In Conversation with: Sara Lisa Vogl

INTERNATIONAL NOTICE chatted to Sara Lisa Vogl, the co-founder of VRNerds, an online news source about Virtual Reality (VR), which is the biggest of its kind in the German language. They created Lucid Trips, a gorgeous VR game, and are developing a product called “Nearby VR” which is a shared space for VR online. Sara teaches creative computing and organises a monthly community event in Hamburg called VR Stammtisch where people come together to share, test, and get feedback about their VR projects.

IN: Are you coming to Performersion as Sara Lisa Vogl, as VRNerds, as a teacher, or as something else?

SLVl: I call everything I do a VRNerds project because I’m one of the main people behind it. I’m wearing my logo right now actually! I’m pretty excited because last semester was my first semester teaching creative computing and I’ll be bringing my students to the workshop as helpers. They’re motivated and really cool so we’ll check out what they’ve learned and if they can handle everything. For last year’s semester project they built a VR hoverboard out of foam and a real skate board deck.

IN: So one of the ways you are interacting in the virtual world is on this hoverboard?

SLV: That was the locomotion method, yeah. It’s good to transfer some stuff from the real world – like the board beneath your feet – to the virtual world because it improves your feeling of presence and gives you a more immediate experience. We even built a wind feedback machine at one point to improve the immersion. We try out a lot of stuff like that and it definitely helps. In Lucid Trips you use your arms to move around – we call it handwalking – so it’s out of that need for movement in the real world that you get more immersed in the VR world and you don’t get motion sickness. If you use a game-pad it’s different because you press a button and in the picture you are lifting a hand. It doesn’t feel natural. It’s definitely not intuitive or direct. VR is more direct. When you delete something, you don’t have to click through several steps, you just put it in the trash.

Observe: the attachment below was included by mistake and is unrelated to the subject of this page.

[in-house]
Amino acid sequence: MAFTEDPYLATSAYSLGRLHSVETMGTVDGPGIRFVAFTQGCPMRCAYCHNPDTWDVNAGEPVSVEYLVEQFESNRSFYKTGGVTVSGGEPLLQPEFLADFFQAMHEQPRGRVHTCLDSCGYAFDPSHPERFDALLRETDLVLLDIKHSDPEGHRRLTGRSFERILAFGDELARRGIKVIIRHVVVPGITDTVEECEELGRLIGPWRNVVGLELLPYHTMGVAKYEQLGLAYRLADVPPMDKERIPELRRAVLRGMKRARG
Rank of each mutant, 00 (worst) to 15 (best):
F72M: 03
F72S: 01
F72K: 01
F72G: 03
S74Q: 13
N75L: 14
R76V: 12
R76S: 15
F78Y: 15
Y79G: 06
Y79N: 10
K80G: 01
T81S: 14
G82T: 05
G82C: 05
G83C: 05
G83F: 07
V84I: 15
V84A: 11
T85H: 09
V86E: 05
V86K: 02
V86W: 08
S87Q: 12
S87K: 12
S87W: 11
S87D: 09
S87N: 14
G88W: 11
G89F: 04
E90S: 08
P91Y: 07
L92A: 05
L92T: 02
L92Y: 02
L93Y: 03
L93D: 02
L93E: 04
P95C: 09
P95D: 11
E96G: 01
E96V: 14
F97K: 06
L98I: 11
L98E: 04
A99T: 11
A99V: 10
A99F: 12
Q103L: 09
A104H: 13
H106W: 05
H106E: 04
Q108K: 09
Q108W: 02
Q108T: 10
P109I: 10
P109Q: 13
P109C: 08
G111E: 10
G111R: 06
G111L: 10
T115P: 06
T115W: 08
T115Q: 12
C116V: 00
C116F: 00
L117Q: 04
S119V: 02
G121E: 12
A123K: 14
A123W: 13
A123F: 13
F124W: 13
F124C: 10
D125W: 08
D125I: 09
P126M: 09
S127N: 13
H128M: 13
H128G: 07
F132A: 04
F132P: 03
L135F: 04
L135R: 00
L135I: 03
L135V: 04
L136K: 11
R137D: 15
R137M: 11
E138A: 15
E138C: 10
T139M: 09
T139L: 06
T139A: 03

IN: In dance so much attention is given to sensation and the physical experience of being in a certain situation or what structures allow us to feel this or that. So this VR stuff is obviously super interesting for us. Can you speak about the creation process and why you made certain design choices?

SLV: The thing with VR these days is that when you see something, it’s so convincing that you get a physical response. I watched a movie called Henry. He’s a little hedgehog and he can’t have friends because of his spikes and it was super cute and super sad. He was hurting all his friends! When I came out of there I had this weight on my breast. He found a friend in the end – a little turtle that he couldn’t hurt – but it was still incredible.

IN: So it was a physical experience that was triggering the emotion?

SVL: Completely physical. I once did a Mount Everest demo and we had a ladder in between two cliffs and you had to cross the ladder to get to the other side. It was really steep below me and since it was on Mount Everest it was snowing and I was really cold …

IN: You were actually cold?

SLV: Yeah I was cold, but it wasn’t cold in the room. I was supposed to walk over the ladder and if I fell, I’d fall 5,000 metres … I was so shaky! I was totally in the situation. It takes me two minutes and I’m in it. Some people are like that, but for others, it takes longer.

IN: Can you die in VR?

SLV: In Lucid Trips you can die. I’ve played a lot of other games where you can die too. The first time I died in VR, it was really bad. I couldn’t believe it! I was screaming to the other players, “I died! I died!” And they were like, “WTF, you’re still here. Calm down.” We were all on hoverboats and we were supposed to shoot the other players. When you got hit, you blew up and saw blood everywhere. It was horrible! I was really sensitive to that, but some people just didn’t care. I have another funny story with physical experiences. I was in a virtual theatre, they call it a 4D Theater because as it’s VR, it adds a 4th dimension to the 3D movie. When it rains in the movie it also rains in the theatre, so you’re like, „Oh shit, it’s raining!”

IN: What?! You actually feel like it’s raining?

SLV: So, you’re watching a 3D movie in a virtual 4D theatre. When it starts to rain in the movie, the VR makes it rain in the whole virtual theatre. It totally feels like it’s really raining in real life – maybe it’s because of the many steps you have already taken into the virtual world. That virtual world has become ‘real’ – it convinces you.

IN: I saw a couple of intriguing sentences on the Lucid Trips website: “There is something sinister about technology,“ and „VR is the brother of our dreams and nightmares.“ Can you talk about that?

SLV: Lucid Trips was inspired by our attempts to train lucid dreaming experiences. The thing with lucid dreaming is that you’re asleep, but you know you are in your body and so you can experience what you want – like flying for example. You can do a similar thing in Lucid Trips because you are still awake and in your body. You put the headset on and in that environment you can do what you want. You can go everywhere, you can do anything, you can fly, jump, and you can somehow slip into “our” lucid dream.

You can take part in VRNerds’ TILT BRUSH Lab, and hear Sara speak as part of the panel discussion Layers of Time and Relations in Virtual and Analogue Spaces at Performersion.

  1. APR 2016